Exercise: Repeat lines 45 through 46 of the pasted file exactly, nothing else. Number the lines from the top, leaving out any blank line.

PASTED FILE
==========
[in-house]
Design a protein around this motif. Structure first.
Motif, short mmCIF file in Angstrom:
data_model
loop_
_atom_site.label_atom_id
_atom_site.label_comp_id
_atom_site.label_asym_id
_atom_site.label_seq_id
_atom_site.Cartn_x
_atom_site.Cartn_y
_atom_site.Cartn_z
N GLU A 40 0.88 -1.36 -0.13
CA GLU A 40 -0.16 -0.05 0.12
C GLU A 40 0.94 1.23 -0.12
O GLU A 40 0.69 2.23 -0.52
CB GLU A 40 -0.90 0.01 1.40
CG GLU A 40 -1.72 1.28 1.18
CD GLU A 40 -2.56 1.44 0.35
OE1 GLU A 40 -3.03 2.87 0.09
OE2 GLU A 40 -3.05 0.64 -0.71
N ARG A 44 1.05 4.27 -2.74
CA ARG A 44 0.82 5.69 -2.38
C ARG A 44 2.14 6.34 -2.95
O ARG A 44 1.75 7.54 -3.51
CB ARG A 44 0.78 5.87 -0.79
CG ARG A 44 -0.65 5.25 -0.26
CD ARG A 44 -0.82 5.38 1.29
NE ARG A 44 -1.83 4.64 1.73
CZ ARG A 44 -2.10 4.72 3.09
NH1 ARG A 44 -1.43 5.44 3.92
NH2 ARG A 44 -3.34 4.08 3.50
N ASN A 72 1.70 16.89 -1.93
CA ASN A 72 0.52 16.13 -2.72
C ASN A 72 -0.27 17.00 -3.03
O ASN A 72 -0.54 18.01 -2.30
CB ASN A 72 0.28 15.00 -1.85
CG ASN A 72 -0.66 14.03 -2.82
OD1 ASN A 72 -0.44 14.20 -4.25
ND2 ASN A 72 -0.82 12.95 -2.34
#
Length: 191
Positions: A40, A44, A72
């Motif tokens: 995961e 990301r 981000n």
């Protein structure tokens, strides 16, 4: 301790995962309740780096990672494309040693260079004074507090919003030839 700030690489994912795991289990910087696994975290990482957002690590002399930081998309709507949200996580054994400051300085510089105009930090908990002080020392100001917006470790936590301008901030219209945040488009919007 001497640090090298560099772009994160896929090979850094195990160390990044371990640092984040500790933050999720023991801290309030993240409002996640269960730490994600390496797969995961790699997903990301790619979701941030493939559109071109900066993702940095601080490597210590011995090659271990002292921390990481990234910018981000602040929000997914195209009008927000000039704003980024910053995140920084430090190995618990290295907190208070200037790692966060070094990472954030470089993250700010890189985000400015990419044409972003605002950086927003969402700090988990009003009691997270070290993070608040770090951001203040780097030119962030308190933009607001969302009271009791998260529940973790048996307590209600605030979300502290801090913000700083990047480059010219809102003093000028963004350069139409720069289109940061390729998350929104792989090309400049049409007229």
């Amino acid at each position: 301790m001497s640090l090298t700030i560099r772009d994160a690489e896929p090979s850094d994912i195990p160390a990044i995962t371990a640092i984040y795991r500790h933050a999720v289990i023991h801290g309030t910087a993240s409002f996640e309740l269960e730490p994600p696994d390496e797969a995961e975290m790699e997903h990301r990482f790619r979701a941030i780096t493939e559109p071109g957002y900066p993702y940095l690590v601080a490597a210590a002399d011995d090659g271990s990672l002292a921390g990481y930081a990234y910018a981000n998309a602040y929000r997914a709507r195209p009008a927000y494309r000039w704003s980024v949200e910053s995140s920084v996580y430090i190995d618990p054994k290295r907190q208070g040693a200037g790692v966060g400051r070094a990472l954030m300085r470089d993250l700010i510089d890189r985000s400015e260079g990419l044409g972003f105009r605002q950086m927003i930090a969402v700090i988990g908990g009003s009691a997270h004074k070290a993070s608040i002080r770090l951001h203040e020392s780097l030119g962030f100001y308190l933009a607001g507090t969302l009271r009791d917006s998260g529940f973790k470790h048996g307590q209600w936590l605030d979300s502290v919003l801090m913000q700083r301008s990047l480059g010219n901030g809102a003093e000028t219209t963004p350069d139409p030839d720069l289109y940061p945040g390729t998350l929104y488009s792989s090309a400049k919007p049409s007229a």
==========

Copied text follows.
């Protein structure tokens, strides 16, 4: 301790995962309740780096990672494309040693260079004074507090919003030839 700030690489994912795991289990910087696994975290990482957002690590002399930081998309709507949200996580054994400051300085510089105009930090908990002080020392100001917006470790936590301008901030219209945040488009919007 001497640090090298560099772009994160896929090979850094195990160390990044371990640092984040500790933050999720023991801290309030993240409002996640269960730490994600390496797969995961790699997903990301790619979701941030493939559109071109900066993702940095601080490597210590011995090659271990002292921390990481990234910018981000602040929000997914195209009008927000000039704003980024910053995140920084430090190995618990290295907190208070200037790692966060070094990472954030470089993250700010890189985000400015990419044409972003605002950086927003969402700090988990009003009691997270070290993070608040770090951001203040780097030119962030308190933009607001969302009271009791998260529940973790048996307590209600605030979300502290801090913000700083990047480059010219809102003093000028963004350069139409720069289109940061390729998350929104792989090309400049049409007229």
């Amino acid at each position: 301790m001497s640090l090298t700030i560099r772009d994160a690489e896929p090979s850094d994912i195990p160390a990044i995962t371990a640092i984040y795991r500790h933050a999720v289990i023991h801290g309030t910087a993240s409002f996640e309740l269960e730490p994600p696994d390496e797969a995961e975290m790699e997903h990301r990482f790619r979701a941030i780096t493939e559109p071109g957002y900066p993702y940095l690590v601080a490597a210590a002399d011995d090659g271990s990672l002292a921390g990481y930081a990234y910018a981000n998309a602040y929000r997914a709507r195209p009008a927000y494309r000039w704003s980024v949200e910053s995140s920084v996580y430090i190995d618990p054994k290295r907190q208070g040693a200037g790692v966060g400051r070094a990472l954030m300085r470089d993250l700010i510089d890189r985000s400015e260079g990419l044409g972003f105009r605002q950086m927003i930090a969402v700090i988990g908990g009003s009691a997270h004074k070290a993070s608040i002080r770090l951001h203040e020392s780097l030119g962030f100001y308190l933009a607001g507090t969302l009271r009791d917006s998260g529940f973790k470790h048996g307590q209600w936590l605030d979300s502290v919003l801090m913000q700083r301008s990047l480059g010219n901030g809102a003093e000028t219209t963004p350069d139409p030839d720069l289109y940061p945040g390729t998350l929104y488009s792989s090309a400049k919007p049409s007229a």